The Passion Week Shows What Jesus is Looking for in Your Life

Was Monday a bad day for Jesus, or did His words suggest application for us?

Sometimes what you expect is not what you get. You come to a situation that promises one thing, but you find another altogether. Monday of Passion Week proved that way for Jesus.

Fig tree in Israel

(Photo: Fig tree in Israel. Courtesy of the Pictorial Library of Bible Lands)

After His Triumphal Entry on the colt, Jesus entered the Temple area in Jerusalem and found the Court of the Gentiles—the area for Gentiles to worship God—filled with markets and moneychangers.

The next day, Monday, Jesus returned to Jerusalem along the same road He had traveled before. He saw a fig tree in leaf, which typically indicated that it would have unripe figs to eat. But the tree offered only leaves.

No fruit for breakfast. So Jesus cursed the tree. His disciples heard Him.

We should hear Him too.

Jesus’ words indicate what He is looking for in our lives.

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Rolling stone tomb near Megiddo

He is not here, for He has risen, just as He said. Come, see the place where He was lying. Go quickly and tell His disciples that He has risen from the dead. —Matthew 28:6–7

He who was delivered over because of our transgressions, and was raised because of our justification. Therefore, having been justified by faith, we have peace with God through our Lord Jesus Christ. —Romans 4:25–5:1

(Photo courtesy of the Pictorial Library of Bible Lands)

Connecting Archaeology and the Passion Week of Jesus

Easter and Christmas always bring a slew of television specials claiming to find some new archaeological connection to Jesus. Most are hype and even attempt to discredit the biblical account.

Ossuary of Joseph son of Caiaphas, from Jerusalem, 1st c AD

(Photo: Ossuary of Joseph son of Caiaphas. Courtesy of the Pictorial Library of Bible Lands)

But occasionally archaeology gives us a true connection to Jesus, and the results are tremendously affirming. The Israel Museum in Jerusalem has devoted a small corner of the museum to archaeology connected to Jesus of Nazareth.

The good folks at SourceFlix.com put together a short video that highlights several of these archaeological finds that relate to Jesus Christ—and the Passion Week in particular.

I’ll also explain why they’re significant to us.

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This Passion Week and Easter the Dates All Align

Every Sunday celebrates Easter. First-century Christians transferred the day of worship from Saturday to Sunday. This year is special, for the days and dates of the Passion Week align with our calendars.

This Passion Week and Easter, the Dates All Align

(Photo: Jerusalem through the window at Dominus Flevit. Courtesy of the Pictorial Library of Bible Lands)

Because the Bible and history offer specific details, we know that Jesus Christ was crucified on April 3, AD 33.

It takes years for the calendar to roll around and allow for the exact dates of the Passion Week to align with our own calendars. This year it’s happening.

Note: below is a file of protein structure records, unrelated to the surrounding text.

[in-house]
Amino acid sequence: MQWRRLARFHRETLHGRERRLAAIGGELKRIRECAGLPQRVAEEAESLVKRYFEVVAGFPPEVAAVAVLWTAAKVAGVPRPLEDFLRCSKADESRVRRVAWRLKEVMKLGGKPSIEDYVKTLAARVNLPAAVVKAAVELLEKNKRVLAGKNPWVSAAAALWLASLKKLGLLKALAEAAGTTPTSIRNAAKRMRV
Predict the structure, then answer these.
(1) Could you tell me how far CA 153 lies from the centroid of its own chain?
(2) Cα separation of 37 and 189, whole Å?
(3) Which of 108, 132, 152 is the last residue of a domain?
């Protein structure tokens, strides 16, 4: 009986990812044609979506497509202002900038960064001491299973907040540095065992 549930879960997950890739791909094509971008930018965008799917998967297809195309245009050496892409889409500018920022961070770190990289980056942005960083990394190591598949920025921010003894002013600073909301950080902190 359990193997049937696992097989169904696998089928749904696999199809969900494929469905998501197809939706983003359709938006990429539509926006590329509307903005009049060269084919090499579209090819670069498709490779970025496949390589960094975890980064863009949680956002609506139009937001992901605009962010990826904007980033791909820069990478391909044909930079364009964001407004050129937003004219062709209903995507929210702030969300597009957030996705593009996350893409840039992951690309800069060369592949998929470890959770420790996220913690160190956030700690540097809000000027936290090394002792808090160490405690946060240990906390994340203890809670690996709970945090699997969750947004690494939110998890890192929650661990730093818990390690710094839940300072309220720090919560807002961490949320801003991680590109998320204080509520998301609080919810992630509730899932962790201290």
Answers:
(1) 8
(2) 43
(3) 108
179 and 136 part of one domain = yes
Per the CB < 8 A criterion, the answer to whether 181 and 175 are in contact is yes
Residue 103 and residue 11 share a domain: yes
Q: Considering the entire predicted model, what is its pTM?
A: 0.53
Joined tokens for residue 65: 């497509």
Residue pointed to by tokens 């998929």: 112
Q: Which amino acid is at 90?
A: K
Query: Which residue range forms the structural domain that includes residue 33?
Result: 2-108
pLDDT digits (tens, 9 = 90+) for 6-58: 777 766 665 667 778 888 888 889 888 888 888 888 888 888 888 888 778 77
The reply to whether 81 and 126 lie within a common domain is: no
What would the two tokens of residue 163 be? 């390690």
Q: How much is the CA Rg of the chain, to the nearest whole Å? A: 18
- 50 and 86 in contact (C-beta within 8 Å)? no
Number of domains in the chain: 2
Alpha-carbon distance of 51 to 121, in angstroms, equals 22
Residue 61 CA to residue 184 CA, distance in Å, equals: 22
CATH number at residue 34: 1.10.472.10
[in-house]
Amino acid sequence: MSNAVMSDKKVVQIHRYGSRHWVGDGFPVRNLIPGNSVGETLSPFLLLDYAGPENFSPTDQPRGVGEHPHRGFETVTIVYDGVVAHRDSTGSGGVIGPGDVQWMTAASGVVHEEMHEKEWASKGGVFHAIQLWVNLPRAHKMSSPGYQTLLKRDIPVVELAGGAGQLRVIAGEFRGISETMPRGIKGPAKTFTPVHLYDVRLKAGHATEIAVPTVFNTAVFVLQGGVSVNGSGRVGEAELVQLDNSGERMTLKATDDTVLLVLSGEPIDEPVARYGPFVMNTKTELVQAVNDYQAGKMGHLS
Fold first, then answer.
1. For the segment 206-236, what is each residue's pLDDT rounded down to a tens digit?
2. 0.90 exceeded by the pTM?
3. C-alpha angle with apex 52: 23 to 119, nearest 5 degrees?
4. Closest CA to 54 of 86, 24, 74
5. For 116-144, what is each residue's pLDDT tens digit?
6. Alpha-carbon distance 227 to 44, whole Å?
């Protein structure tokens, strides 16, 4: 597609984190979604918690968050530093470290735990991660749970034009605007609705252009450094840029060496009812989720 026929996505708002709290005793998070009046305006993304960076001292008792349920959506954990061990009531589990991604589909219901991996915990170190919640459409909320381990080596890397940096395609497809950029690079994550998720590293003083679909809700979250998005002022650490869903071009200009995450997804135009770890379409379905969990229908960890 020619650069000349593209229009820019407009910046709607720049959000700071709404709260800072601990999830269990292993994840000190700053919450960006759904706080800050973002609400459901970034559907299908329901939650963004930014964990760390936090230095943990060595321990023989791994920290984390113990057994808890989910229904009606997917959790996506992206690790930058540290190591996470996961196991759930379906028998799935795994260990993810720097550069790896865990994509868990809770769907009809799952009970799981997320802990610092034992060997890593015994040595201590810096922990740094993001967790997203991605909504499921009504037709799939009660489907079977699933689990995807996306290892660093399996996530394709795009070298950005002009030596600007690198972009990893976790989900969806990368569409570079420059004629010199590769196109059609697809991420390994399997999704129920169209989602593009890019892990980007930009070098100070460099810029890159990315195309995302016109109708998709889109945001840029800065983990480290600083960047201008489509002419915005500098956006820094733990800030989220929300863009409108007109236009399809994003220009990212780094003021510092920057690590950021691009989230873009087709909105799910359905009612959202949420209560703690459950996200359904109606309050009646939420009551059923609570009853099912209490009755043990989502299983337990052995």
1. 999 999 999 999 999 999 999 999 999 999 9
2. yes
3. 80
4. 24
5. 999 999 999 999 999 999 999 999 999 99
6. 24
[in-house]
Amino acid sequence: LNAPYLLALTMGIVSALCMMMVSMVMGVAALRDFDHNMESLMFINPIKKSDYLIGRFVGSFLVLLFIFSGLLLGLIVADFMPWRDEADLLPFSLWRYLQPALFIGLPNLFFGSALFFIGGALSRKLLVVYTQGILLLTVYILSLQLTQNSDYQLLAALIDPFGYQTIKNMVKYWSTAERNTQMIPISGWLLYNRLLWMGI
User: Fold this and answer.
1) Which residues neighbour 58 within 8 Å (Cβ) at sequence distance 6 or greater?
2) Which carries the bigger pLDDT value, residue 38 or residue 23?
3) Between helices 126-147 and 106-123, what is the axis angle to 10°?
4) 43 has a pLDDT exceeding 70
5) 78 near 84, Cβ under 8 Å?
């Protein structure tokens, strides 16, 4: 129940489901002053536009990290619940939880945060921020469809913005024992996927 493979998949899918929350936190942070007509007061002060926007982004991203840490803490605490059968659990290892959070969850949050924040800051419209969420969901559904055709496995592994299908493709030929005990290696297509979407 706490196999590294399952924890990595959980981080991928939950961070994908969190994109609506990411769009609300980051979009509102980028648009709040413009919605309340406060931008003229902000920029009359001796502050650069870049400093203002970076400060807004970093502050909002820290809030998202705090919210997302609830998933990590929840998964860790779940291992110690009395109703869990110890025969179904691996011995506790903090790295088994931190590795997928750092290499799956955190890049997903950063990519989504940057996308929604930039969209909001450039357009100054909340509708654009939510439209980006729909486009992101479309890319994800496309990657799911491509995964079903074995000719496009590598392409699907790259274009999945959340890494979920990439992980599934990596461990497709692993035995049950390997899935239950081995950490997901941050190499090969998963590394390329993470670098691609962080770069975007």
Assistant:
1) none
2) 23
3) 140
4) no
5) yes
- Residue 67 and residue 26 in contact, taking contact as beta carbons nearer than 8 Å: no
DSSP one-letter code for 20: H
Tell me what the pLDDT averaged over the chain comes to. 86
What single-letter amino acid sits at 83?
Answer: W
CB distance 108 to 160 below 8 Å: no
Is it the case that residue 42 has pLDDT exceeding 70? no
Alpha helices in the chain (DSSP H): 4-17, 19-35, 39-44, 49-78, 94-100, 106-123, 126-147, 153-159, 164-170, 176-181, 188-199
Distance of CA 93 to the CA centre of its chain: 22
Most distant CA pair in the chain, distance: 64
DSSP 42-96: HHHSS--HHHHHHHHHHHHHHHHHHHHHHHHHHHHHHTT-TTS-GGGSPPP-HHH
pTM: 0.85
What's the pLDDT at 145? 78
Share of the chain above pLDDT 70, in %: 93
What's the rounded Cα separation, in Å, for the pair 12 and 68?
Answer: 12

Here’s a simple chronology of the Passion Week’s events with the days and dates they occurred.

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Was Judas Saved?

His name is a byword for betrayal. But it never began that way. “Judas” is the Greek form for the Hebrew name Judah—a common designation in ancient Israel.

Was Judas Saved

(Painting: “The Judas Kiss” by Gustave Doré, Public Domain, via Wikimedia)

Judas’s treacherous betrayal came as a complete shock to all who knew him. On the surface, he appeared as dedicated as all the other apostles.

  • Chosen by Jesus.
  • Worker of miracles.
  • Even entrusted as treasurer.

So when Jesus foretold His betrayal at the Last Supper, no disciple at the table pointed and said, “Aha, Judas! I knew there was something about you!” The whole group remained clueless. Each one, in fact, asked, “Surely not I, Lord?” (Matthew 26:22).

Strangely, even Judas asked. Don’t you wonder why?

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The Dominus Flevit Church—and a Triumphal Entry that Wasn’t

As I made my way down the Mount of Olives, I couldn’t help think about the day Jesus rode down the slope on the back of a donkey.

His words that day hardly seemed fitting for a “Triumphal Entry.”

The Dominus Flevit Church—and a Triumphal Entry that Wasn't

(Photo: Jerusalem from inside the Dominus Flevit Church, courtesy of the Pictorial Library of Bible Lands)

When Jesus saw Jerusalem, He wept over it:

If you had known in this day, even you, the things which make for peace! But now they have been hidden from your eyes. —Luke 19:42

I pondered the words. Why did He say: “this day . . .”?

The prophet Daniel penned a meticulous prediction of the very day when the Messiah would appear in Jerusalem.

It was that very day.

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